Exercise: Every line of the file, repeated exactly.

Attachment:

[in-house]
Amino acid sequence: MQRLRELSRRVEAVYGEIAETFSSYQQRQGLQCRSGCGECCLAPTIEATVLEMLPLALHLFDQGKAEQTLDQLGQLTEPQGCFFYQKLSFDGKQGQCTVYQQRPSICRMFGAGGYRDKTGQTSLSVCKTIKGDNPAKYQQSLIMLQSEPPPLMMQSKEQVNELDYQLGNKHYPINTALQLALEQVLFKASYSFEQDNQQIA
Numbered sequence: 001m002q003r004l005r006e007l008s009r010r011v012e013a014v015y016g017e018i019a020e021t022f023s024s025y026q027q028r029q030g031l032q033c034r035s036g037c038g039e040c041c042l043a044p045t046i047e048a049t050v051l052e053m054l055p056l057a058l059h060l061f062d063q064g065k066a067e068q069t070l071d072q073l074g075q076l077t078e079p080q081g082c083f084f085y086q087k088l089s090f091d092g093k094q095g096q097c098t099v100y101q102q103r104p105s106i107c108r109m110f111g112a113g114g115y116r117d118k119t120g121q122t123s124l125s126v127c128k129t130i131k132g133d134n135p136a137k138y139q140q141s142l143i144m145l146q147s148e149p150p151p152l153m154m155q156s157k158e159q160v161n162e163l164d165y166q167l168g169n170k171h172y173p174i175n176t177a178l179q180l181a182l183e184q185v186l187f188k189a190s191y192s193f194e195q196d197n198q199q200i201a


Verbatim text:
[in-house]
Amino acid sequence: MQRLRELSRRVEAVYGEIAETFSSYQQRQGLQCRSGCGECCLAPTIEATVLEMLPLALHLFDQGKAEQTLDQLGQLTEPQGCFFYQKLSFDGKQGQCTVYQQRPSICRMFGAGGYRDKTGQTSLSVCKTIKGDNPAKYQQSLIMLQSEPPPLMMQSKEQVNELDYQLGNKHYPINTALQLALEQVLFKASYSFEQDNQQIA
Numbered sequence: 001m002q003r004l005r006e007l008s009r010r011v012e013a014v015y016g017e018i019a020e021t022f023s024s025y026q027q028r029q030g031l032q033c034r035s036g037c038g039e040c041c042l043a044p045t046i047e048a049t050v051l052e053m054l055p056l057a058l059h060l061f062d063q064g065k066a067e068q069t070l071d072q073l074g075q076l077t078e079p080q081g082c083f084f085y086q087k088l089s090f091d092g093k094q095g096q097c098t099v100y101q102q103r104p105s106i107c108r109m110f111g112a113g114g115y116r117d118k119t120g121q122t123s124l125s126v127c128k129t130i131k132g133d134n135p136a137k138y139q140q141s142l143i144m145l146q147s148e149p150p151p152l153m154m155q156s157k158e159q160v161n162e163l164d165y166q167l168g169n170k171h172y173p174i175n176t177a178l179q180l181a182l183e184q185v186l187f188k189a190s191y192s193f194e195q196d197n198q199q200i201a